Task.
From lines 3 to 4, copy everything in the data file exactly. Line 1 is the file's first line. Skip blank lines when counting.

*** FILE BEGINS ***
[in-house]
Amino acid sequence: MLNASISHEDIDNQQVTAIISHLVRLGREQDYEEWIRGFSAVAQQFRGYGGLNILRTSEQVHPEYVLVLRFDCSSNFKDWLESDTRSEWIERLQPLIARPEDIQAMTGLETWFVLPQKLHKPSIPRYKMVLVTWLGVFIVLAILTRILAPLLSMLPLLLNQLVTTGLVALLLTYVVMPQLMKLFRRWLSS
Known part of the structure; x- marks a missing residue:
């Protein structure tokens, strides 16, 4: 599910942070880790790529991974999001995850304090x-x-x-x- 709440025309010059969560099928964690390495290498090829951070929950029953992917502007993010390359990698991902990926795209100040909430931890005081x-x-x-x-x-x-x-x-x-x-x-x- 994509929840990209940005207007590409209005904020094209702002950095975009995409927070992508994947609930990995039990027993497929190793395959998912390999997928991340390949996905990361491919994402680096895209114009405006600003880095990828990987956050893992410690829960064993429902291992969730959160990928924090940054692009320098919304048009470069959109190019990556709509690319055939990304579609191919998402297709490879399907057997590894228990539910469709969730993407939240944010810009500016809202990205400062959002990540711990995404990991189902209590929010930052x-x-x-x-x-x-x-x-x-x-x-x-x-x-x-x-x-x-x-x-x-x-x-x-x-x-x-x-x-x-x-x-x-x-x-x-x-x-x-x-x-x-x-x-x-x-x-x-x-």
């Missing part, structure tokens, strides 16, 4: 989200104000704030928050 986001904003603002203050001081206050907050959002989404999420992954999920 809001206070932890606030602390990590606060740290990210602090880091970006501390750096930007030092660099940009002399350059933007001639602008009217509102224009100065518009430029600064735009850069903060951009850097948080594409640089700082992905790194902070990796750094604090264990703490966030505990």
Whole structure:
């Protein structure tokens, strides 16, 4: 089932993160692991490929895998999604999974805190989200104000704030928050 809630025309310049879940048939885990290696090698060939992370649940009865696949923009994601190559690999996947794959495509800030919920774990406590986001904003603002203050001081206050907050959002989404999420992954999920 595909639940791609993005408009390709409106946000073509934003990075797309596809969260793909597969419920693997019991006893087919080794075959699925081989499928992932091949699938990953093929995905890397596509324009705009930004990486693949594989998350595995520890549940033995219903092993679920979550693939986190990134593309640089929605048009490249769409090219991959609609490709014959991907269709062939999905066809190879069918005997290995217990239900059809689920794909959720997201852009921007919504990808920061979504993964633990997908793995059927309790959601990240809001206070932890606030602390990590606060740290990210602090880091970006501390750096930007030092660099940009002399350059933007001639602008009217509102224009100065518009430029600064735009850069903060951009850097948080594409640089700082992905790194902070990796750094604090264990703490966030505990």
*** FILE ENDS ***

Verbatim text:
Known part of the structure; x- marks a missing residue:
């Protein structure tokens, strides 16, 4: 599910942070880790790529991974999001995850304090x-x-x-x- 709440025309010059969560099928964690390495290498090829951070929950029953992917502007993010390359990698991902990926795209100040909430931890005081x-x-x-x-x-x-x-x-x-x-x-x- 994509929840990209940005207007590409209005904020094209702002950095975009995409927070992508994947609930990995039990027993497929190793395959998912390999997928991340390949996905990361491919994402680096895209114009405006600003880095990828990987956050893992410690829960064993429902291992969730959160990928924090940054692009320098919304048009470069959109190019990556709509690319055939990304579609191919998402297709490879399907057997590894228990539910469709969730993407939240944010810009500016809202990205400062959002990540711990995404990991189902209590929010930052x-x-x-x-x-x-x-x-x-x-x-x-x-x-x-x-x-x-x-x-x-x-x-x-x-x-x-x-x-x-x-x-x-x-x-x-x-x-x-x-x-x-x-x-x-x-x-x-x-």